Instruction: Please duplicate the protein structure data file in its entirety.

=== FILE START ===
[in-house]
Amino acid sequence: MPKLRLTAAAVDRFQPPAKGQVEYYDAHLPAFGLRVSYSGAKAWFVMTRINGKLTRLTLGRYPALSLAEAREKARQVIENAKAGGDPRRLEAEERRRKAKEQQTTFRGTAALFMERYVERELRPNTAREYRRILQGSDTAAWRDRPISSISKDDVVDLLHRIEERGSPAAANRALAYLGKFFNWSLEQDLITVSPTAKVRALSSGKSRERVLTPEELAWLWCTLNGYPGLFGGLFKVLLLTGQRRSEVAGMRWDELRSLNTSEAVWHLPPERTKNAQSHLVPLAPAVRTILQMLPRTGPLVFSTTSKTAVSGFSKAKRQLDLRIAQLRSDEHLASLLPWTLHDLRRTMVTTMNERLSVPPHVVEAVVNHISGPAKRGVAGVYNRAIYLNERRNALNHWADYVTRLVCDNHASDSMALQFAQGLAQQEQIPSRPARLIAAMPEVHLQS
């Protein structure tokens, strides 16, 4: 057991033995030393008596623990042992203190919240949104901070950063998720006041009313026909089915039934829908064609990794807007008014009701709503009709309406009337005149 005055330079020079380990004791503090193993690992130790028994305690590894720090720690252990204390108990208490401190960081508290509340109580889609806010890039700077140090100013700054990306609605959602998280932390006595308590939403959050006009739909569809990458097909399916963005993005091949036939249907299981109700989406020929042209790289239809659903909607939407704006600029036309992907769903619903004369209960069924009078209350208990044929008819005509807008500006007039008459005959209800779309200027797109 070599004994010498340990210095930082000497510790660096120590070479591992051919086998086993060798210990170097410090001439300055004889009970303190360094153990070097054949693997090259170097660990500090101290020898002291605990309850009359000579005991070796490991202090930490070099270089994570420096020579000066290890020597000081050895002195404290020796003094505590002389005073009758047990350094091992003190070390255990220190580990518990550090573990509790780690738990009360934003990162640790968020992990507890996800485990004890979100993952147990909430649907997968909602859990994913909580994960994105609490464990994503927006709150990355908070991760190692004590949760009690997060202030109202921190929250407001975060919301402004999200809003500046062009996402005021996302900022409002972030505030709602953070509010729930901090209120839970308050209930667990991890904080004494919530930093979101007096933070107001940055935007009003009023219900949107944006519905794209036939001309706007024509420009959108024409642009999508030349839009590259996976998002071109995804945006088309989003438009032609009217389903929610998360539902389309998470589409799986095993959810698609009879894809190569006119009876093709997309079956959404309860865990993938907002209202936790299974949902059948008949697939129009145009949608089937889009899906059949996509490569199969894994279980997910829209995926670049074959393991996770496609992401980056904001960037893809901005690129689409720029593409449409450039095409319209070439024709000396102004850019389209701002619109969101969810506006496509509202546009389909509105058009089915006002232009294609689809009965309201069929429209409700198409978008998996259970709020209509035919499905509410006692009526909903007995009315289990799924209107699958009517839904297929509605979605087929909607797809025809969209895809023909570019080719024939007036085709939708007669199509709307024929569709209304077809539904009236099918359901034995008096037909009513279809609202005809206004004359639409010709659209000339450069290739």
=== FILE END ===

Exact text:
[in-house]
Amino acid sequence: MPKLRLTAAAVDRFQPPAKGQVEYYDAHLPAFGLRVSYSGAKAWFVMTRINGKLTRLTLGRYPALSLAEAREKARQVIENAKAGGDPRRLEAEERRRKAKEQQTTFRGTAALFMERYVERELRPNTAREYRRILQGSDTAAWRDRPISSISKDDVVDLLHRIEERGSPAAANRALAYLGKFFNWSLEQDLITVSPTAKVRALSSGKSRERVLTPEELAWLWCTLNGYPGLFGGLFKVLLLTGQRRSEVAGMRWDELRSLNTSEAVWHLPPERTKNAQSHLVPLAPAVRTILQMLPRTGPLVFSTTSKTAVSGFSKAKRQLDLRIAQLRSDEHLASLLPWTLHDLRRTMVTTMNERLSVPPHVVEAVVNHISGPAKRGVAGVYNRAIYLNERRNALNHWADYVTRLVCDNHASDSMALQFAQGLAQQEQIPSRPARLIAAMPEVHLQS
């Protein structure tokens, strides 16, 4: 057991033995030393008596623990042992203190919240949104901070950063998720006041009313026909089915039934829908064609990794807007008014009701709503009709309406009337005149 005055330079020079380990004791503090193993690992130790028994305690590894720090720690252990204390108990208490401190960081508290509340109580889609806010890039700077140090100013700054990306609605959602998280932390006595308590939403959050006009739909569809990458097909399916963005993005091949036939249907299981109700989406020929042209790289239809659903909607939407704006600029036309992907769903619903004369209960069924009078209350208990044929008819005509807008500006007039008459005959209800779309200027797109 070599004994010498340990210095930082000497510790660096120590070479591992051919086998086993060798210990170097410090001439300055004889009970303190360094153990070097054949693997090259170097660990500090101290020898002291605990309850009359000579005991070796490991202090930490070099270089994570420096020579000066290890020597000081050895002195404290020796003094505590002389005073009758047990350094091992003190070390255990220190580990518990550090573990509790780690738990009360934003990162640790968020992990507890996800485990004890979100993952147990909430649907997968909602859990994913909580994960994105609490464990994503927006709150990355908070991760190692004590949760009690997060202030109202921190929250407001975060919301402004999200809003500046062009996402005021996302900022409002972030505030709602953070509010729930901090209120839970308050209930667990991890904080004494919530930093979101007096933070107001940055935007009003009023219900949107944006519905794209036939001309706007024509420009959108024409642009999508030349839009590259996976998002071109995804945006088309989003438009032609009217389903929610998360539902389309998470589409799986095993959810698609009879894809190569006119009876093709997309079956959404309860865990993938907002209202936790299974949902059948008949697939129009145009949608089937889009899906059949996509490569199969894994279980997910829209995926670049074959393991996770496609992401980056904001960037893809901005690129689409720029593409449409450039095409319209070439024709000396102004850019389209701002619109969101969810506006496509509202546009389909509105058009089915006002232009294609689809009965309201069929429209409700198409978008998996259970709020209509035919499905509410006692009526909903007995009315289990799924209107699958009517839904297929509605979605087929909607797809025809969209895809023909570019080719024939007036085709939708007669199509709307024929569709209304077809539904009236099918359901034995008096037909009513279809609202005809206004004359639409010709659209000339450069290739």